Three Fujian Digital Activists Convicted as Thousands Gather in Landmark Protest

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(Chinese Human Rights Defenders- April 16, 2010) Fujian activists Fan Yanqiong (范燕琼), Wu Huaying (吴华英), and You Jingyou (游精佑) were convicted of “slander” today for posting articles and video online urging government officials to investigate the alleged rape and murder of a young woman. Fan, who is seriously ill, was sentenced to two years in prison, while Wu and You were both sentenced to one year. Fan and Wu said they will appeal their sentences, while You is considering the option. The Mawei District Court in Fuzhou City handed down the verdict as thousands of protestors gathered outside the courthouse and countless others followed the proceedings online.

“As the Chinese government rolls out increasingly draconian measures on internet censorship, these sentences serve as a reminder that the authorities remain determined to punish online speech,” said Renee Xia, CHRD’s International Director. “Yet, the remarkable show of support for the defendants by netizens online and on the ground shows a defiance and determination to fight back.”

The court, perhaps as a result of pressure from China’s netizens, in an unusual move held three hearings before issuing a verdict. Furthermore, the sentences are relatively light compared to other cases involving internet postings in recent years. The charge of “slander” as applied in this case is typically used to penalize those who write about corruption or the misconduct of officials.

A crowd of netizens estimated by some to be between one and two thousand began gathering outside of the Mawei District Court in the early morning hours to voice their support for the three on trial. Netizens from around the country, mobilized through blogs, QQ groups, Twitter, and other internet tools carried signs protesting the charges against Fan, Wu, and You and demanding justice (for images from the protests, please see here). The demonstration was particularly notable as it was one of the largest such actions organized in response to government persecution of online speech. The proceedings were widely followed online across China, as netizens on the scene posted updates throughout the morning.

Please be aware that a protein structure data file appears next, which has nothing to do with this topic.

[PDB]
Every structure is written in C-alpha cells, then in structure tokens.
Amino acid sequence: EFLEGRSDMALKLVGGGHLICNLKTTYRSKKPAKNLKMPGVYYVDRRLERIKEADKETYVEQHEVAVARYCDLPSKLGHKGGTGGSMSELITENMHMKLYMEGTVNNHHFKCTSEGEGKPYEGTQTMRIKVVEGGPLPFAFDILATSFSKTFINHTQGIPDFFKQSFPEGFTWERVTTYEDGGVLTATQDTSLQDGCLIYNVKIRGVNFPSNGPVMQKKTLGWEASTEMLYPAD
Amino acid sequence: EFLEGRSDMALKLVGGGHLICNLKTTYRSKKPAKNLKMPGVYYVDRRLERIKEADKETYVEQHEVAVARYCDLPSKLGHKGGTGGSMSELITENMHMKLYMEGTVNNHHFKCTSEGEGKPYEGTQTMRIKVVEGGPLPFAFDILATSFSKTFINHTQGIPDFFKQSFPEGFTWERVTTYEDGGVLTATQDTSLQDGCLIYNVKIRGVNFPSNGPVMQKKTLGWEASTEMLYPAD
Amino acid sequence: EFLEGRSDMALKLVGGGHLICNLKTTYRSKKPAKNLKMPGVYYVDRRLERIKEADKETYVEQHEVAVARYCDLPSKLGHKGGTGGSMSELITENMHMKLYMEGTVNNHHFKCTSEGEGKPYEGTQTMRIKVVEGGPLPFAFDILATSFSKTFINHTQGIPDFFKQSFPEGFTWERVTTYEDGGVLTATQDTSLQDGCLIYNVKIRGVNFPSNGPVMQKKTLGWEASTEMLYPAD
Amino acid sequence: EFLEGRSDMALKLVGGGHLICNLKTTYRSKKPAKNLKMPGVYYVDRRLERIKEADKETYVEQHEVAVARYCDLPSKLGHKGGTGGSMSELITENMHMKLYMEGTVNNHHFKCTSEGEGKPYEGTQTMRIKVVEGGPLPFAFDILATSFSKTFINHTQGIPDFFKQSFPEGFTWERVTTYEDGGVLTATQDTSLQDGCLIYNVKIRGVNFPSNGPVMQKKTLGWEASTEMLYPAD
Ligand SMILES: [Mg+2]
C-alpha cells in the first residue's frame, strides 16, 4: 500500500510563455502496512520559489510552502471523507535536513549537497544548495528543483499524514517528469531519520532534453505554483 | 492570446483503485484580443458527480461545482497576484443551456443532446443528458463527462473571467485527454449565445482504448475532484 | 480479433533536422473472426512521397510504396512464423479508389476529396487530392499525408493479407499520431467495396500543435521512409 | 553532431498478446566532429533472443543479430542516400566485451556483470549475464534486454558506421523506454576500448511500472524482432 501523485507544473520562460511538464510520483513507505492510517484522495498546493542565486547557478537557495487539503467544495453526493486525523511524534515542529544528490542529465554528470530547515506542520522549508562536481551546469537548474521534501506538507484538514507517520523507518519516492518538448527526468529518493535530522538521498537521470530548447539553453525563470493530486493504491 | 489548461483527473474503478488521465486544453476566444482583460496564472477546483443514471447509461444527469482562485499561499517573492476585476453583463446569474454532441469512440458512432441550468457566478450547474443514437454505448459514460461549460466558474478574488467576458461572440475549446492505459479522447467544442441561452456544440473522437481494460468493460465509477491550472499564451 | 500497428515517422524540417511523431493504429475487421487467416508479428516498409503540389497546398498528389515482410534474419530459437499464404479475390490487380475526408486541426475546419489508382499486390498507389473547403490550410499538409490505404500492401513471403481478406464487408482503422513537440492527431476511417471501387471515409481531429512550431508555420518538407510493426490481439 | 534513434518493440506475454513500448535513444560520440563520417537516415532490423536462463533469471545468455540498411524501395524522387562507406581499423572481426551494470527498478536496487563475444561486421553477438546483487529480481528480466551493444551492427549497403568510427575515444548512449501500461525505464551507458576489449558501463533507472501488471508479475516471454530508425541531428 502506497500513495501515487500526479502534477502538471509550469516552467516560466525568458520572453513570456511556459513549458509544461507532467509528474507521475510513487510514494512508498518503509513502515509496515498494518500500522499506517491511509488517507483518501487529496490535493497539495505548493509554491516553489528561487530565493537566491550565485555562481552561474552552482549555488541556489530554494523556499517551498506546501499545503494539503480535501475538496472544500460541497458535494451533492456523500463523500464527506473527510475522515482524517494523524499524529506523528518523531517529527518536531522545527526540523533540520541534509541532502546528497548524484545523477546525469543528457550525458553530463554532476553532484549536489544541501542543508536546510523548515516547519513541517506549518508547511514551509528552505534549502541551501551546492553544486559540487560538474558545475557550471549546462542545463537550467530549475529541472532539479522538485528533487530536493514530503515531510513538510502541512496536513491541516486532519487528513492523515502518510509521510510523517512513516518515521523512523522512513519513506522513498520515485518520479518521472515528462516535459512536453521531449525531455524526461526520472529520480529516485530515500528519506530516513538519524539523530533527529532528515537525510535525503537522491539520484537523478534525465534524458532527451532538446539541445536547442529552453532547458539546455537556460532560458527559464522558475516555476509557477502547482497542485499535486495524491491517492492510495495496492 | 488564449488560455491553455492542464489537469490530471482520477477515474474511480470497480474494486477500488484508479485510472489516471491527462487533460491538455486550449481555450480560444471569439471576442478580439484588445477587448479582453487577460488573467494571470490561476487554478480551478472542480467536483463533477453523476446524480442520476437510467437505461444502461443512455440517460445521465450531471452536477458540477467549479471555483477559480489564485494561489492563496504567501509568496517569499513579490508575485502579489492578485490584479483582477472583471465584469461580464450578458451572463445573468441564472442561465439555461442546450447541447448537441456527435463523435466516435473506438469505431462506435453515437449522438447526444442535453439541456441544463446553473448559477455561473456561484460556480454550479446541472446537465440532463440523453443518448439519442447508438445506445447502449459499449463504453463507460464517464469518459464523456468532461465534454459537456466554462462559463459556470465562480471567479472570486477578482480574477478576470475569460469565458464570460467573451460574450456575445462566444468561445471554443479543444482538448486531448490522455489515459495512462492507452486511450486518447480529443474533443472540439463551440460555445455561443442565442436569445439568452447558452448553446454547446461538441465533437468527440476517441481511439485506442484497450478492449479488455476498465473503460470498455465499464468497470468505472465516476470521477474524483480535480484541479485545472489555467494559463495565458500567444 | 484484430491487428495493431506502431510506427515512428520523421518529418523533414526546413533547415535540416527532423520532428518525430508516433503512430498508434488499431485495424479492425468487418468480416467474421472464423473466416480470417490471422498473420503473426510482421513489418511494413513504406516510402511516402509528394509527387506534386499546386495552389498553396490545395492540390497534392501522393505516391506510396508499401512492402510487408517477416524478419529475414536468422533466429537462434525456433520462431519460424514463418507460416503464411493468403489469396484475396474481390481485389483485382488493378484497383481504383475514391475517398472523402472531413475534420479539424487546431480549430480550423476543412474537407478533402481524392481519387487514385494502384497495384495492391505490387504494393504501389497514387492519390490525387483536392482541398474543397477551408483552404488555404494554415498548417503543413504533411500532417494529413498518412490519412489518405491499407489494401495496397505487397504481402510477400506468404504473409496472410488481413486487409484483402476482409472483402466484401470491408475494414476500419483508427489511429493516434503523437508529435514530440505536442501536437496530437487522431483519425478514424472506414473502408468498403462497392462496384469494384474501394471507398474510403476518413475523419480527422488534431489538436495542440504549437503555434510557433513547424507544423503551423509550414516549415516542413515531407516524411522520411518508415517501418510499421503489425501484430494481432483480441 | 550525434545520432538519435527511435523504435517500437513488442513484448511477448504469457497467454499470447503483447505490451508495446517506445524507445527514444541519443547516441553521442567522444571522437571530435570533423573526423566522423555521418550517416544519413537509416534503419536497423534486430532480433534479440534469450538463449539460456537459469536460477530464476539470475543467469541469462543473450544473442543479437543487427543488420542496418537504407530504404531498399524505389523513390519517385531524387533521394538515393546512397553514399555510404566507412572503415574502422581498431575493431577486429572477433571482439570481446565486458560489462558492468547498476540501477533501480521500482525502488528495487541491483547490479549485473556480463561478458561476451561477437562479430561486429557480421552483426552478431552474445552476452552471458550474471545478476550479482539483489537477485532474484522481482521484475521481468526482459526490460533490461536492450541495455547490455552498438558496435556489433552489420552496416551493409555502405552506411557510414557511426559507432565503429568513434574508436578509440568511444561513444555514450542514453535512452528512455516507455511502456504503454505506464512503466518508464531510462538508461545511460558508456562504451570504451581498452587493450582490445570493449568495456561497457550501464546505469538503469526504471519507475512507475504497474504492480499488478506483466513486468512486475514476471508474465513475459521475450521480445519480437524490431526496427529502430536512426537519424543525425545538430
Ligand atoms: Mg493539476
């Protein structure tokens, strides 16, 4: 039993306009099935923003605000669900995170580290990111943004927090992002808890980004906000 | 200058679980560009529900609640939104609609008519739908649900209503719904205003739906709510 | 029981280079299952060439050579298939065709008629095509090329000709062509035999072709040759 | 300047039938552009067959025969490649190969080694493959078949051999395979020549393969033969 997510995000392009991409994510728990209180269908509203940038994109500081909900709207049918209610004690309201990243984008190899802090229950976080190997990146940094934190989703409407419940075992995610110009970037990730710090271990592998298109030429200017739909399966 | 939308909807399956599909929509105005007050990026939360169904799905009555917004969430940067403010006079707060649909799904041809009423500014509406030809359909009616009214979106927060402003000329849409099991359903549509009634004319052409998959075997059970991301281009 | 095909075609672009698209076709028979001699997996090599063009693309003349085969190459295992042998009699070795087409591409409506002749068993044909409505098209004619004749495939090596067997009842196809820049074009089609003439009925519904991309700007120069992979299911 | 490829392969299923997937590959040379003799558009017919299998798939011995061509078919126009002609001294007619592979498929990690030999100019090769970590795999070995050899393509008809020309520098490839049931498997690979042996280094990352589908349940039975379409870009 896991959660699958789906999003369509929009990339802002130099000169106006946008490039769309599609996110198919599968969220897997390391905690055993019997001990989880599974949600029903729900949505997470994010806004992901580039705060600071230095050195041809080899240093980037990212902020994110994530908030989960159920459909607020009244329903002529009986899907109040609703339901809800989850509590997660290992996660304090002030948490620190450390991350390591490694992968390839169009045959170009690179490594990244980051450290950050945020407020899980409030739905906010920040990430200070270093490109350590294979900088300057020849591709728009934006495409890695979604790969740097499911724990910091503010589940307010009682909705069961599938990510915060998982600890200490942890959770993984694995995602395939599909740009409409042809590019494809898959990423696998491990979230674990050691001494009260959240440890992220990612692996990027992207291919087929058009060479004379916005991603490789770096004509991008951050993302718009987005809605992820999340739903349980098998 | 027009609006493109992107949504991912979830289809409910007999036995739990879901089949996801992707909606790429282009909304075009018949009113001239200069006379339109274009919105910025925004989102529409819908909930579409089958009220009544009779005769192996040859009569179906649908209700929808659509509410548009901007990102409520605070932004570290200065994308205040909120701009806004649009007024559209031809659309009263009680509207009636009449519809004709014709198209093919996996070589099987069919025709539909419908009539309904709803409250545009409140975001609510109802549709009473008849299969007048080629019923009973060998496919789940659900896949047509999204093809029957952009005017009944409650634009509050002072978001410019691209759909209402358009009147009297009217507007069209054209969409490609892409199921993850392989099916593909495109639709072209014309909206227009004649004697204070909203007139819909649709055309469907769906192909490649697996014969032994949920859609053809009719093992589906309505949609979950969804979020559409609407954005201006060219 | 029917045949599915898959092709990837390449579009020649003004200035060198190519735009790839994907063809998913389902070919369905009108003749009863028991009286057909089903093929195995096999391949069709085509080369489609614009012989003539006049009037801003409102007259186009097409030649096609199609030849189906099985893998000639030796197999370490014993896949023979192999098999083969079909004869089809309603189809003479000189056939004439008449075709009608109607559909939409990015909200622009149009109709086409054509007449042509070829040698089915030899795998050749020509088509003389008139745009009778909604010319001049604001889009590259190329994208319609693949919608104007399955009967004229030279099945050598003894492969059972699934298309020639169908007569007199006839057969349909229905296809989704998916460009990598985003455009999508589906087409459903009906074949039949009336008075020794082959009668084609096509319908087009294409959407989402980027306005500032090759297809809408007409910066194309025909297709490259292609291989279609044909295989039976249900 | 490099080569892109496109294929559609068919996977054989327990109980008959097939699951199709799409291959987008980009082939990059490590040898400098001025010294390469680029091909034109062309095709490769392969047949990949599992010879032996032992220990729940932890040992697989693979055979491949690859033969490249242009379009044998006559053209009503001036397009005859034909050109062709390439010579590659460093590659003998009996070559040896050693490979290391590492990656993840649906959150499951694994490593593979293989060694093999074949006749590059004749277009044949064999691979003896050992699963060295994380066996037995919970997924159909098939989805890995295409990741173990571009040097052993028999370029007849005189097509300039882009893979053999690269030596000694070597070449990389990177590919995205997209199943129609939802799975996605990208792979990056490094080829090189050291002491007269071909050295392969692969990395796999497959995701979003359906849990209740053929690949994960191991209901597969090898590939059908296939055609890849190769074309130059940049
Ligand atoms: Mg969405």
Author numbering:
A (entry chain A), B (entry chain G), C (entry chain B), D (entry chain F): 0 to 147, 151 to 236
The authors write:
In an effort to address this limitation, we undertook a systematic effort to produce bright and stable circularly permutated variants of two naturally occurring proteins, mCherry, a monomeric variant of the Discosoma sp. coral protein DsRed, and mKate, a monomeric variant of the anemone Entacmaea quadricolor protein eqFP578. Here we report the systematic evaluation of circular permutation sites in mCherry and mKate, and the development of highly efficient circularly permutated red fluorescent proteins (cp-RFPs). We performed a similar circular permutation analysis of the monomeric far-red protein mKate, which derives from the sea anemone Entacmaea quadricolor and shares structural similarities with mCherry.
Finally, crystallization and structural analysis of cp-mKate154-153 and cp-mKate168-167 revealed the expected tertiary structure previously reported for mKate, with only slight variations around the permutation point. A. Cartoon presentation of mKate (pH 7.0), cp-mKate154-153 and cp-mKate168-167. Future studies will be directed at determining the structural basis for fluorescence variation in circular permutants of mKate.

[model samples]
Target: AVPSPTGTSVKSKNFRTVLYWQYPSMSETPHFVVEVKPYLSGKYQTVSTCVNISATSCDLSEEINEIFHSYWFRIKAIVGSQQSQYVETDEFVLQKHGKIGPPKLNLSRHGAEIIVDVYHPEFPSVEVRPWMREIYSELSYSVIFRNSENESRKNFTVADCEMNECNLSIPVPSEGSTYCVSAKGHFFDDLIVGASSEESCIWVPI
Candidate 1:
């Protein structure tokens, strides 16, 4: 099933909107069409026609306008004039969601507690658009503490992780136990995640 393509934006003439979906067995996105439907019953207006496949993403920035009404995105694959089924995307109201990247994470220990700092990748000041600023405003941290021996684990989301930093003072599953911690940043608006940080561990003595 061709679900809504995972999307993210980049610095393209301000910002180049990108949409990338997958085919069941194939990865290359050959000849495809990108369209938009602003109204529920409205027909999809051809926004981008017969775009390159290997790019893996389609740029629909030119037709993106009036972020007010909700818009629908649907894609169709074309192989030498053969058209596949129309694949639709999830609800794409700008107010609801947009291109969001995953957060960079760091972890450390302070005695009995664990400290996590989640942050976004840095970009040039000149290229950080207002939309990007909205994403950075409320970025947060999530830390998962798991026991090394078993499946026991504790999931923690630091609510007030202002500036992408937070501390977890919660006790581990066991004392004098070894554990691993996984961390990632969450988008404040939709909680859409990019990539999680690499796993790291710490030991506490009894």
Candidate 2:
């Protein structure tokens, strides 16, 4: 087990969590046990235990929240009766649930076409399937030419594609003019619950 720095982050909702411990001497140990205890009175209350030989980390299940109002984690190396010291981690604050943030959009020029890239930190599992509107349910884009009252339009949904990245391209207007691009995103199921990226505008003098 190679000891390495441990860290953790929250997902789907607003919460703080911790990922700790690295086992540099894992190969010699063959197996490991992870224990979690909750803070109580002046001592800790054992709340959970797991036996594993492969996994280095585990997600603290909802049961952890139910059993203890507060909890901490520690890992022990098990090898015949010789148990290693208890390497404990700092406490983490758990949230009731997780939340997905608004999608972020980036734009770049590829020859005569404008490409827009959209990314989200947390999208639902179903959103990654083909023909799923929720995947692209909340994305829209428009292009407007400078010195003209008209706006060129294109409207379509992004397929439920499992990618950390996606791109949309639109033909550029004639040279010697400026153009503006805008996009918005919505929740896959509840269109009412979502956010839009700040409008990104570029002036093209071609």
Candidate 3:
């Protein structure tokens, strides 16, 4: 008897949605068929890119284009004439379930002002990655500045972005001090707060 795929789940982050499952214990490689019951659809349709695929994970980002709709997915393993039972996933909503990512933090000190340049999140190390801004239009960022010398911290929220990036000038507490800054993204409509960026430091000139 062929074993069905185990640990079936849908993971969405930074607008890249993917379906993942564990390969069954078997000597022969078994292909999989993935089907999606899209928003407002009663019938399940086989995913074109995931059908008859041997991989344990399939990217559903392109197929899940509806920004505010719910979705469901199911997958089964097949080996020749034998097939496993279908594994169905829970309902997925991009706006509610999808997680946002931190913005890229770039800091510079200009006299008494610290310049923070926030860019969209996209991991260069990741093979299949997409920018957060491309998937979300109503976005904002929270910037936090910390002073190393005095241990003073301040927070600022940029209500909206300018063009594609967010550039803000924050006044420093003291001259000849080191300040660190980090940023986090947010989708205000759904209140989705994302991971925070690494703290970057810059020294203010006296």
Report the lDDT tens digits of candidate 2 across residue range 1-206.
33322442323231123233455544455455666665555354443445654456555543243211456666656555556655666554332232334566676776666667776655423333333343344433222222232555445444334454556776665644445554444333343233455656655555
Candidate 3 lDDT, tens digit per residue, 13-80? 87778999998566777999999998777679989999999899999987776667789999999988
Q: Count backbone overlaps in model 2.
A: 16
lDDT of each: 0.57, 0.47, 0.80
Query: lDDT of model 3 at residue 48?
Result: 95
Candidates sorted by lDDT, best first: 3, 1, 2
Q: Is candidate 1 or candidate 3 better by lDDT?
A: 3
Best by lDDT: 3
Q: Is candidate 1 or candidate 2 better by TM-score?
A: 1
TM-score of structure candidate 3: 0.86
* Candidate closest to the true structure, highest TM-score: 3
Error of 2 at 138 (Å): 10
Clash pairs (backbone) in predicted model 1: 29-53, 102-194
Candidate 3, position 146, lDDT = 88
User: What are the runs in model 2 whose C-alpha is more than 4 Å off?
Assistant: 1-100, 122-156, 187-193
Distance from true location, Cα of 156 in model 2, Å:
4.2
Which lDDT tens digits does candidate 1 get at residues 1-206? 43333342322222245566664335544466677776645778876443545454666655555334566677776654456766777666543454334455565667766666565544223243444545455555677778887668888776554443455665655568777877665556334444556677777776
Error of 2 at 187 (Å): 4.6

Supporters see a threat to their own freedoms and rights inherent in the government’s retaliation against Fan, Wu, and You. As one netizen posted on Twitter, following the verdict: “What a bunch of fools. By sentencing three people, they have lost 300 million.” Another Twitter user called it “a historic moment.”

“If political repression has driven activism in China largely online, the government-declared cyber war on activism has failed to stifle online mobilization and, more significantly, the return of activism to real space,” said Xia.

CHRD calls on the Chinese government to immediately release Fan, Wu, and You, who have already been detained for nearly 10 months for the nonviolent act of expressing their opinions online. The right to freedom of expression is guaranteed by Article 35 of the Chinese Constitution.

CHRD is also deeply concerned by the government’s decision to convict Fan Yanqiong and sentence her to further incarceration despite her serious illnesses. Fan, who appeared in court today in a wheelchair, faces the threat of paralysis due to cerebral arteritis, a serious neurological disease which has left her unable to walk. She also suffers from complications from kidney disease. Family members have applied for her release on medical parole on five occasions, but Fujian authorities have either denied or not responded to these applications.


Fan, Wu, and You were detained in June and July 2009 after they helped Lin Xiuying (林秀英), mother of deceased Fujian woman Yan Xiaoling (严晓玲), post information regarding her daughter’s case online. Lin believes that Yan was gang-raped and murdered by thugs connected to local police, and sought to draw attention to a possible cover-up by local police and officials. The first trial for Fan, Wu, and You, which lasted an entire day, took place on November 11, 2009. A second hearing lasted only a few minutes on March 19, 2010, and ended with the court sending the case back for “supplementary information.”

For more information, please see:

“Trial of Three Fujian Rights Activists Marred by Irregularities,” November 11, 2009,

“Three Fujian Activists Formally Arrested for Alleging Official Misconduct,” August 4, 2009,

“Fujian Activist Detained for Alleging Official Misconduct,” June 30, 2009,

Media Contacts:

Renee Xia, International Director (English and Mandarin), +852 8191 6937 or +1 301 547 9286
Jiang Yingying, Researcher (English and Mandarin), +852 8170 0237

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